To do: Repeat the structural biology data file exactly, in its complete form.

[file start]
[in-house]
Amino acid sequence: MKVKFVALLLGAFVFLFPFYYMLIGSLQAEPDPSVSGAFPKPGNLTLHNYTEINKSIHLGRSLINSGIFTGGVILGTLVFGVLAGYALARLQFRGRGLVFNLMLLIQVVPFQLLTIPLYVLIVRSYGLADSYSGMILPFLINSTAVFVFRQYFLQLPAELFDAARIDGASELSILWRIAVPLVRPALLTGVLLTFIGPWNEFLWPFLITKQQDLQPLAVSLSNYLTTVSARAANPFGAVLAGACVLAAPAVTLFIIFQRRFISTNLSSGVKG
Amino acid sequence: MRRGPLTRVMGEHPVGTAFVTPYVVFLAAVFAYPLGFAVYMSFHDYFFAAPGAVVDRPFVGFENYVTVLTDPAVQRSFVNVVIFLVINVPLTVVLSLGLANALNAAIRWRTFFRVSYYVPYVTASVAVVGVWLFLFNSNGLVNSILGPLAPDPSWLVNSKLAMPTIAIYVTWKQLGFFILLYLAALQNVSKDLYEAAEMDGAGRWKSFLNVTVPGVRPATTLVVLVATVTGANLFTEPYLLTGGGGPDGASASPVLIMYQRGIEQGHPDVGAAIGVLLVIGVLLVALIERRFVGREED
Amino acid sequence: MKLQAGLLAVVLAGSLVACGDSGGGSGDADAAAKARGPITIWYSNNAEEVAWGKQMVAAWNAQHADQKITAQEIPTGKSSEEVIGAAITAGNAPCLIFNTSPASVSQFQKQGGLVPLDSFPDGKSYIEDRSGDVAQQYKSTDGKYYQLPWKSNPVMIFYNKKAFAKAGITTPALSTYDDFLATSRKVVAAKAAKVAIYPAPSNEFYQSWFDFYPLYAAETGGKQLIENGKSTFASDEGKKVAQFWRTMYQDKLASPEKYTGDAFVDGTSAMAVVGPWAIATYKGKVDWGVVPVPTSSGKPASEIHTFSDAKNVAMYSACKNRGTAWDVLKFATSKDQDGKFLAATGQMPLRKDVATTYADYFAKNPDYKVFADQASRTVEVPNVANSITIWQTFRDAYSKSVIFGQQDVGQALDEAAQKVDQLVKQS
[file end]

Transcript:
[in-house]
Amino acid sequence: MKVKFVALLLGAFVFLFPFYYMLIGSLQAEPDPSVSGAFPKPGNLTLHNYTEINKSIHLGRSLINSGIFTGGVILGTLVFGVLAGYALARLQFRGRGLVFNLMLLIQVVPFQLLTIPLYVLIVRSYGLADSYSGMILPFLINSTAVFVFRQYFLQLPAELFDAARIDGASELSILWRIAVPLVRPALLTGVLLTFIGPWNEFLWPFLITKQQDLQPLAVSLSNYLTTVSARAANPFGAVLAGACVLAAPAVTLFIIFQRRFISTNLSSGVKG
Amino acid sequence: MRRGPLTRVMGEHPVGTAFVTPYVVFLAAVFAYPLGFAVYMSFHDYFFAAPGAVVDRPFVGFENYVTVLTDPAVQRSFVNVVIFLVINVPLTVVLSLGLANALNAAIRWRTFFRVSYYVPYVTASVAVVGVWLFLFNSNGLVNSILGPLAPDPSWLVNSKLAMPTIAIYVTWKQLGFFILLYLAALQNVSKDLYEAAEMDGAGRWKSFLNVTVPGVRPATTLVVLVATVTGANLFTEPYLLTGGGGPDGASASPVLIMYQRGIEQGHPDVGAAIGVLLVIGVLLVALIERRFVGREED
Amino acid sequence: MKLQAGLLAVVLAGSLVACGDSGGGSGDADAAAKARGPITIWYSNNAEEVAWGKQMVAAWNAQHADQKITAQEIPTGKSSEEVIGAAITAGNAPCLIFNTSPASVSQFQKQGGLVPLDSFPDGKSYIEDRSGDVAQQYKSTDGKYYQLPWKSNPVMIFYNKKAFAKAGITTPALSTYDDFLATSRKVVAAKAAKVAIYPAPSNEFYQSWFDFYPLYAAETGGKQLIENGKSTFASDEGKKVAQFWRTMYQDKLASPEKYTGDAFVDGTSAMAVVGPWAIATYKGKVDWGVVPVPTSSGKPASEIHTFSDAKNVAMYSACKNRGTAWDVLKFATSKDQDGKFLAATGQMPLRKDVATTYADYFAKNPDYKVFADQASRTVEVPNVANSITIWQTFRDAYSKSVIFGQQDVGQALDEAAQKVDQLVKQS